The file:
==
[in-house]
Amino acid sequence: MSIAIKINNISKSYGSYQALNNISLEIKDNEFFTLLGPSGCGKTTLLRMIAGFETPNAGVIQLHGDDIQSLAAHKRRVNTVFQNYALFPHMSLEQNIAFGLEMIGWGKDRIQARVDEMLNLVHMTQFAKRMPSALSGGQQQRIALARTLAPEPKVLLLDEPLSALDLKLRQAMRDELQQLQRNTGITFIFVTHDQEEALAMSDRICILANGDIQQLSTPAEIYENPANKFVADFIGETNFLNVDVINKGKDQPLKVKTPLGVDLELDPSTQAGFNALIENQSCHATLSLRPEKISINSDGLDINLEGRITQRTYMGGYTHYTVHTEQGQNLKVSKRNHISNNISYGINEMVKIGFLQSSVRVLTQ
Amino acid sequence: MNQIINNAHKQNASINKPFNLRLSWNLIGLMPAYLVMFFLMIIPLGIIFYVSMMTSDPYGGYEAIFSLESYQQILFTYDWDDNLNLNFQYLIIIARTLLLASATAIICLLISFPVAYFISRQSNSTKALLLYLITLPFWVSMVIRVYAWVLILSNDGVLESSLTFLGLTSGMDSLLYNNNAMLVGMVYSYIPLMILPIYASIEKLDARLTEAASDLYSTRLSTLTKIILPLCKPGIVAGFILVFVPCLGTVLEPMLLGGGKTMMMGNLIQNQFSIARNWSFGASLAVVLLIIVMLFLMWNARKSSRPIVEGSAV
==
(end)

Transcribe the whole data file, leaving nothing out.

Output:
[in-house]
Amino acid sequence: MSIAIKINNISKSYGSYQALNNISLEIKDNEFFTLLGPSGCGKTTLLRMIAGFETPNAGVIQLHGDDIQSLAAHKRRVNTVFQNYALFPHMSLEQNIAFGLEMIGWGKDRIQARVDEMLNLVHMTQFAKRMPSALSGGQQQRIALARTLAPEPKVLLLDEPLSALDLKLRQAMRDELQQLQRNTGITFIFVTHDQEEALAMSDRICILANGDIQQLSTPAEIYENPANKFVADFIGETNFLNVDVINKGKDQPLKVKTPLGVDLELDPSTQAGFNALIENQSCHATLSLRPEKISINSDGLDINLEGRITQRTYMGGYTHYTVHTEQGQNLKVSKRNHISNNISYGINEMVKIGFLQSSVRVLTQ
Amino acid sequence: MNQIINNAHKQNASINKPFNLRLSWNLIGLMPAYLVMFFLMIIPLGIIFYVSMMTSDPYGGYEAIFSLESYQQILFTYDWDDNLNLNFQYLIIIARTLLLASATAIICLLISFPVAYFISRQSNSTKALLLYLITLPFWVSMVIRVYAWVLILSNDGVLESSLTFLGLTSGMDSLLYNNNAMLVGMVYSYIPLMILPIYASIEKLDARLTEAASDLYSTRLSTLTKIILPLCKPGIVAGFILVFVPCLGTVLEPMLLGGGKTMMMGNLIQNQFSIARNWSFGASLAVVLLIIVMLFLMWNARKSSRPIVEGSAV